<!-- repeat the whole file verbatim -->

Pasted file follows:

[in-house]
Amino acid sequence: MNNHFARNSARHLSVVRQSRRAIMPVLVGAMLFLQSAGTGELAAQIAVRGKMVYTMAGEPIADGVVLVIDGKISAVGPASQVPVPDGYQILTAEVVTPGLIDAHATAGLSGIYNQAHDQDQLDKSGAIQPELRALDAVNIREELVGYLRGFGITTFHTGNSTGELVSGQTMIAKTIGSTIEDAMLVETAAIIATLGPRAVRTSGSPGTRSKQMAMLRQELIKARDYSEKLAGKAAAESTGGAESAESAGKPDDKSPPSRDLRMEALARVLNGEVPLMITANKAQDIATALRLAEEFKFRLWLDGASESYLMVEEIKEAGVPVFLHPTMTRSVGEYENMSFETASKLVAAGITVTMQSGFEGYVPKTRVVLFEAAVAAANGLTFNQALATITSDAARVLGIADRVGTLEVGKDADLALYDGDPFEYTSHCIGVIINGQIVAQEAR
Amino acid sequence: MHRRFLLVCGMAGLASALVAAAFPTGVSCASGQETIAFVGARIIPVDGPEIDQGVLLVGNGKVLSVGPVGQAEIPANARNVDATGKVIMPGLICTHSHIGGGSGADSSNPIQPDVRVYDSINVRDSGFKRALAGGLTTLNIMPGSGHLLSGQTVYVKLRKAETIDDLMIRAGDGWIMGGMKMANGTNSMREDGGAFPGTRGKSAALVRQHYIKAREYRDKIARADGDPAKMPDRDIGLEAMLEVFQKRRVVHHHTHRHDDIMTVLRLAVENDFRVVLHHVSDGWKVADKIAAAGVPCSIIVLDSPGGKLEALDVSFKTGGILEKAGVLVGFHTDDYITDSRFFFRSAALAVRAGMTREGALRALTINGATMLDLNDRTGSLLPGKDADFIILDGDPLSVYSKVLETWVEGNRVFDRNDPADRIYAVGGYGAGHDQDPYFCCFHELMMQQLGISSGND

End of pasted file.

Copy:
[in-house]
Amino acid sequence: MNNHFARNSARHLSVVRQSRRAIMPVLVGAMLFLQSAGTGELAAQIAVRGKMVYTMAGEPIADGVVLVIDGKISAVGPASQVPVPDGYQILTAEVVTPGLIDAHATAGLSGIYNQAHDQDQLDKSGAIQPELRALDAVNIREELVGYLRGFGITTFHTGNSTGELVSGQTMIAKTIGSTIEDAMLVETAAIIATLGPRAVRTSGSPGTRSKQMAMLRQELIKARDYSEKLAGKAAAESTGGAESAESAGKPDDKSPPSRDLRMEALARVLNGEVPLMITANKAQDIATALRLAEEFKFRLWLDGASESYLMVEEIKEAGVPVFLHPTMTRSVGEYENMSFETASKLVAAGITVTMQSGFEGYVPKTRVVLFEAAVAAANGLTFNQALATITSDAARVLGIADRVGTLEVGKDADLALYDGDPFEYTSHCIGVIINGQIVAQEAR
Amino acid sequence: MHRRFLLVCGMAGLASALVAAAFPTGVSCASGQETIAFVGARIIPVDGPEIDQGVLLVGNGKVLSVGPVGQAEIPANARNVDATGKVIMPGLICTHSHIGGGSGADSSNPIQPDVRVYDSINVRDSGFKRALAGGLTTLNIMPGSGHLLSGQTVYVKLRKAETIDDLMIRAGDGWIMGGMKMANGTNSMREDGGAFPGTRGKSAALVRQHYIKAREYRDKIARADGDPAKMPDRDIGLEAMLEVFQKRRVVHHHTHRHDDIMTVLRLAVENDFRVVLHHVSDGWKVADKIAAAGVPCSIIVLDSPGGKLEALDVSFKTGGILEKAGVLVGFHTDDYITDSRFFFRSAALAVRAGMTREGALRALTINGATMLDLNDRTGSLLPGKDADFIILDGDPLSVYSKVLETWVEGNRVFDRNDPADRIYAVGGYGAGHDQDPYFCCFHELMMQQLGISSGND